Religion is a set of beliefs concerning the cause, nature, and purpose of the universe, especially when considered as the creation of a superhuman agency or agencies usually involving devotional and ritual observances, and often containing a moral code governing the conduct of human affairs.
“God will punish you and send you straight to hell if you dare cheat on another exam, young lady!” She said with a harsh and stern voice that echoed in the hall of C Wing at St. Michael’s middle school.”
Sister Immaculata looked directly at me, penetrating my soul with beady eyes that hid behind black trimmed pointy glasses. Every time she spoke, the wrath of God spoke too. There was nothing warm or fuzzy about her. When she wasn’t spitting daggers of fear directly into your heart, she stood fully erect and maintained an angry expression that repelled perfect strangers. Her face was tense – sustaining a crinkled nose and pressed lips. The corners of her mouth pointed downward and exaggerated wrinkles in her forehead kept her brow furrowed. I wondered if maintaining such a constant expression could exhaust a person or perhaps cause facial cramps.
I stared at her perfectly pressed black and white uniform that draped her narrow frame. My eyes fell upon the crucifix that rested on her flat chest. Rather than look directly into her eyes I gazed upon Jesus and apologized. The cartoon bubble above my head really said: “I’d rather spend eternity in hell than one second in heaven with a judgmental prick like that.”
I questioned everything growing up, as most inquisitive kids do. The answers given about Catholicism were never satisfying. The more I questioned the more I was told not to ask. “You don’t question, you just accept,” my father always told me. Eventually the question became why I wasn’t allowed to question? The obvious answer was: Questions lead to thinking. Think enough and you’re liable to come up with different answers. Definitely different from what religion has tried to convince you to believe.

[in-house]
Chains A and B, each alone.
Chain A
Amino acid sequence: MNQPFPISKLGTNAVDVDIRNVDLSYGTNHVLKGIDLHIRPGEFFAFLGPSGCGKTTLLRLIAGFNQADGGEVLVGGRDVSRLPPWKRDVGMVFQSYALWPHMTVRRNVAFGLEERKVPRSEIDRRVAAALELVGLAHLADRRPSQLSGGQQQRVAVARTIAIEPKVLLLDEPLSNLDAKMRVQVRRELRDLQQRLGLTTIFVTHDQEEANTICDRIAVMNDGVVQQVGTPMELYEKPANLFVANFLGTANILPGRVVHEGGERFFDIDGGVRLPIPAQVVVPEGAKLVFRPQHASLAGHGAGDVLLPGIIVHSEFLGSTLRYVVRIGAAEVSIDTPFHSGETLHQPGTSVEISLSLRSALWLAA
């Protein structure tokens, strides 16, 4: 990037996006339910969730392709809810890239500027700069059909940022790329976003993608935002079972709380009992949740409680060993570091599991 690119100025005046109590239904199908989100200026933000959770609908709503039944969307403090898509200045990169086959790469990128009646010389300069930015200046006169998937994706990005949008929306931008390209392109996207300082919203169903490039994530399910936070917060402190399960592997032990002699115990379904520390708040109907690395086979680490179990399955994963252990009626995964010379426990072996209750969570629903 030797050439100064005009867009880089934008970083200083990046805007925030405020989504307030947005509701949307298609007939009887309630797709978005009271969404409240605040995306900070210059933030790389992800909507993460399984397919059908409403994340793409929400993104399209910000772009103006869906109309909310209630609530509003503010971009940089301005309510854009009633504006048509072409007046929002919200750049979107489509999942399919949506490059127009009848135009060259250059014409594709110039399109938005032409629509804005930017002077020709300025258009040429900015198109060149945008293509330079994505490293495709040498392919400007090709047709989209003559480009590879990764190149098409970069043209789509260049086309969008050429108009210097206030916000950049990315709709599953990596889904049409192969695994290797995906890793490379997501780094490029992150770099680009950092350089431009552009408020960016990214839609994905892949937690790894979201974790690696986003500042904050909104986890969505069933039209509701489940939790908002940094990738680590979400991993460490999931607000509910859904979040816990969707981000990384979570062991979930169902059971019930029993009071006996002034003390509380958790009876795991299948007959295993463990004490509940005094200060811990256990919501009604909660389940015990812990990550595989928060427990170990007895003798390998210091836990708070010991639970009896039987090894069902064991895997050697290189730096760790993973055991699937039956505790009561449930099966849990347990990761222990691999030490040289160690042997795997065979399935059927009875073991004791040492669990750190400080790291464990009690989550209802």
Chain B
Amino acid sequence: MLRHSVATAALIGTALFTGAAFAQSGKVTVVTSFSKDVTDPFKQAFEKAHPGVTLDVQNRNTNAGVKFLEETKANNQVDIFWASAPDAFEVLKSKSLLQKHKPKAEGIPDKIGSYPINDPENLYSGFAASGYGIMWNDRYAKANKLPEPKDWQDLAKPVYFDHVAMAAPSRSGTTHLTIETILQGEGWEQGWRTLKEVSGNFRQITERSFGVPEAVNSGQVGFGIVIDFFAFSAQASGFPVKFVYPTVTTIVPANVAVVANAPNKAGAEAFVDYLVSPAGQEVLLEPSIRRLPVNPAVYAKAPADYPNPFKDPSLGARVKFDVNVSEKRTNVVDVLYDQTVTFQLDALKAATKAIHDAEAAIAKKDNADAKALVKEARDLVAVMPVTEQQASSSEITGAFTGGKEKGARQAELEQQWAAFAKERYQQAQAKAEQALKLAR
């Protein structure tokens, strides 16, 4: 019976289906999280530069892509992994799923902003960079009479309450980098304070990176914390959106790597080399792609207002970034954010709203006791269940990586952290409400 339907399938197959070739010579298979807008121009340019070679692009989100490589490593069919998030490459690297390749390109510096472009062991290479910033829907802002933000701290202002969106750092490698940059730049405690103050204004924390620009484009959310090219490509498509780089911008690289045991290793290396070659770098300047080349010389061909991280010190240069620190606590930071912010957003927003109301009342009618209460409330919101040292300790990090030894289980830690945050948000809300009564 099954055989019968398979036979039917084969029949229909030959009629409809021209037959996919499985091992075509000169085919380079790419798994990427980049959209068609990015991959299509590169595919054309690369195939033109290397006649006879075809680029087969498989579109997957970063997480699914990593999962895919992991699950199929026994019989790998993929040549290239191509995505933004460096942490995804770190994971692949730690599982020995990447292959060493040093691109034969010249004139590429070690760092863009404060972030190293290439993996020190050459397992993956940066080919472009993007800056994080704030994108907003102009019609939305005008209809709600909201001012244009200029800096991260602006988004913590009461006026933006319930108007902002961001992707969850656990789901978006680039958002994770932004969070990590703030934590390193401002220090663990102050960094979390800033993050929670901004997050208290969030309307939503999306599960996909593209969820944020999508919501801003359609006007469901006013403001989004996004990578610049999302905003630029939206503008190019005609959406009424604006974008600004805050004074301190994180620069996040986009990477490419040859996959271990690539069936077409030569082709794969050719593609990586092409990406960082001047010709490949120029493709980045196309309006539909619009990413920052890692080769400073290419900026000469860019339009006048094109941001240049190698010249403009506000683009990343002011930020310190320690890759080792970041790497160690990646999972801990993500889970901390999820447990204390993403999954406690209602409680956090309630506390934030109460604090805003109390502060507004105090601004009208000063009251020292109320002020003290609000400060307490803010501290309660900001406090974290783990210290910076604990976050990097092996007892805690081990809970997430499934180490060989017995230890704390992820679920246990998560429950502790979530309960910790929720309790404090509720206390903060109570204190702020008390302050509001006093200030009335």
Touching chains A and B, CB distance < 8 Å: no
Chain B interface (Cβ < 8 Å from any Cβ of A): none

Walking the halls of those parochial schools, I wondered if my reluctance to accept the hard-pressed teachings were obvious. I felt the warmth of attention, as if a beam of light was shining down on my head labeling me as the unfaithful sinner. After all, those were my “obnoxious” questions during religion class. There came a point when I was torn between the terror of going to Hell and relief of thinking Catholicism was just ludicrous nonsense. The internal struggle lasted for years. When
my heart was allowed to lead, I found comfort in the position.
The hypocrisy was what grated my nerves. Things like: abortion is an atrocity, but yay for capitol punishment. Thou shall not kill, except for: witches, homosexuals, children who strike or curse their parents, fortunetellers, adulterers, women who fornicate, non-believers, and the list continues.
Lev. 20:13, “If there is a man who lies with a male as those who lie with a woman, both of them have committed a detestable act; they shall surely be put to death. Their bloodguiltness is upon them”
You should not let a sorceress live. (Exodus 22:17 NAB)
Whoever strikes his father or mother shall be put to death. (Exodus 21:15 NAB)
If a man commits adultery with another man’s wife, both the man and the woman must be put to death. (Leviticus 20:10 NLT)
Then, there’s this irony: “We’re all made in the loving image of God.” Well, except women, of course. Women certainly are not. Women are not allowed to serve God as men are; women should only serve men.